The Machete Incident Pt. II

Posted By on Jan 14, 2012 | 3 comments

Part I precedes this, you may want to read that first – click here.

… what seemed like my for sure ‘salvation’, was only a mirage. The guys continued to half drag & carry me up to the Police truck, but the crowd had quickly grown to about 50 and they were not just going to hand me over. When the police got out of their truck, they were quickly surrounded and afraid for their lives. They are Ecuadorians in Shuar territory with a long history of fear and distrust between them. Not long ago, four policemen showed up in a nearby village to quell a disturbance and were all shot. The young couple who I had lunch with earlier that day, Umberto & Georgina, rushed up on the scene. They both fought through the crowd to assure them that I was not there to cut-off any heads, nor to buy any, but with a mob, the truth doesn’t matter much. Georgina was 6 months pregnant, but even so, she was knocked around and shoved away but she was relentless in my defense. With her latched on my arm screaming for my release, four guys began to drag me away from the police and up into the jungle. I snuck a look behind and saw a wild eyed elderly man following with a machete to my back. I later learned that he was the father of the three brothers who had already struck me.

All the things I’ve ever heard about your life ‘flashing’ before your eyes in moments like this, well it is somewhat true. Of course I was thinking of my wife and 3 children and that I’d really like to see them again. I had a little conversation with my brother Terry. Something like, “well bro, looks like I may be seeing you a little quicker than expected”. (Terry died in a motorcycle accident this past May while returning from a fund raiser that provides motorcycles to pastors & missionaries in the jungle. He was hoping to hand deliver some next summer to Ecuador.) Was this really how it was going to go down – was this it? I tried not to think about what it might feel like, then a deep peace surrounded me. (Ashley said she felt the same.) It was okay. All that my Mom & Dad & family & friends & life experiences had poured into me for 44 years, now made perfect sense. I felt a sense of purpose and was as prepared as I could be if I was in fact, about to step into the unknown. Then, just at the moment of this reckoning, one of the guys says something like, “no, let’s do this in front of everybody, let’s make a spectacle of him”. I wasn’t sure what he meant by that, but they turned me around and pushed me down the hill towards the crowd & police truck.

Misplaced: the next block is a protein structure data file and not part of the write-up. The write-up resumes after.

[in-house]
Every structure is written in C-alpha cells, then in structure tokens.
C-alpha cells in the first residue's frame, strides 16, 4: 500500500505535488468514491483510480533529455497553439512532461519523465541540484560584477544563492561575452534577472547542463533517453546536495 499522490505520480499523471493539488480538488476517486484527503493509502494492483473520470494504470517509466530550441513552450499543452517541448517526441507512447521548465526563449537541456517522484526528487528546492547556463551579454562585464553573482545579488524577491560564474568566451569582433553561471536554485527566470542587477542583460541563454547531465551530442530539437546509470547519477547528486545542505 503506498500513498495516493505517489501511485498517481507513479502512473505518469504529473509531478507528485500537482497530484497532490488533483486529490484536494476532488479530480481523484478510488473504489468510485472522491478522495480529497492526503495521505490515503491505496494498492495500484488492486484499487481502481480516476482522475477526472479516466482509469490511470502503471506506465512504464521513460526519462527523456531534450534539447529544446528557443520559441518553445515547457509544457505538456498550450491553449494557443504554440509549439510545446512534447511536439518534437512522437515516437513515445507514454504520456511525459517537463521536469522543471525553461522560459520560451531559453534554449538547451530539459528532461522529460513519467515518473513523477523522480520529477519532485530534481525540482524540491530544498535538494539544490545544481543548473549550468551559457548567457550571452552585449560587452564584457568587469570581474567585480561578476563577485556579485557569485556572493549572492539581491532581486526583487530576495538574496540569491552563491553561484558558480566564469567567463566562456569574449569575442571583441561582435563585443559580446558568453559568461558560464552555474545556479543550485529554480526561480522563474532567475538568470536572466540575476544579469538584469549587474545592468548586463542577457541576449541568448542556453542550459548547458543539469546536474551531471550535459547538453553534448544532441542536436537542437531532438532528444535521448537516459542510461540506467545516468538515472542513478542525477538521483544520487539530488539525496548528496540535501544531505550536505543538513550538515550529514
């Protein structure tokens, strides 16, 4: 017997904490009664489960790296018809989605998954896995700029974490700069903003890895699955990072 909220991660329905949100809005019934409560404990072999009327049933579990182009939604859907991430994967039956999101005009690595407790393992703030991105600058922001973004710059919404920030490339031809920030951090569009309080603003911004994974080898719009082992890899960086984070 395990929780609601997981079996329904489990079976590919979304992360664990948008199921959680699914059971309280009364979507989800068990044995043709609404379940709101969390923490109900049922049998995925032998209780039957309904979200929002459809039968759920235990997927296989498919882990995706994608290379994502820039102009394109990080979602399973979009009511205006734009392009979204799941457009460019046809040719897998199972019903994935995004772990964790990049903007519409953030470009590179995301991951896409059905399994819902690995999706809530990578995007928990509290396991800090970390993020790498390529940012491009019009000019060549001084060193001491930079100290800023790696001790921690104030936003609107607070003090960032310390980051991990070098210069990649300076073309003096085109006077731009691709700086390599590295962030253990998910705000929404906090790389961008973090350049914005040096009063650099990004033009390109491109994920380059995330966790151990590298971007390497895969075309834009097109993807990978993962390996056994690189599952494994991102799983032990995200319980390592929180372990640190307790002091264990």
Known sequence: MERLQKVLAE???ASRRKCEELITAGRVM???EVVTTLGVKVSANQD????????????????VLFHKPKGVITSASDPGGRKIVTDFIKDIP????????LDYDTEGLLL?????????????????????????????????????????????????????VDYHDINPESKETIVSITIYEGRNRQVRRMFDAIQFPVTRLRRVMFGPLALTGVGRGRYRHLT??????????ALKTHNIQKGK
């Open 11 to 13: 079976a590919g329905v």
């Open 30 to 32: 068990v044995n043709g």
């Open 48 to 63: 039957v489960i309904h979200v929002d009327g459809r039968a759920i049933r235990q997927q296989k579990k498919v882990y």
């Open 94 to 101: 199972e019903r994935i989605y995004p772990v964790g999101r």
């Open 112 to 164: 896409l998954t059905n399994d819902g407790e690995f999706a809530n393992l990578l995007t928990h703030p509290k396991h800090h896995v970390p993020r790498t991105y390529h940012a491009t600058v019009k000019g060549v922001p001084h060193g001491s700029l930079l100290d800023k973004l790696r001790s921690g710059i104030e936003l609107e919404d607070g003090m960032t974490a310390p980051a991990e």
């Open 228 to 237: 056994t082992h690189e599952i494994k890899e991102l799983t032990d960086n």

I put my back up against the truck. The crowd was shouting at the officers, it was still very chaotic. And then, for the first time in over an hour, I had separation – no one was touching me, so I jumped in the backseat of the police truck and locked the doors. The officers were eventually able to get in and about 15 Shuar jumped in the back. We started down the mountain towards Sucua with an ever growing crowd following behind chanting, “this gringo is cutting heads”! The drive to the police station took us right past the Shuar Federation headquarters which is just a few blocks from our house. People came streaming out in pursuit as the chanting grew louder. Before the truck came to a complete stop, the officer in the back with me opened the door and said RUN!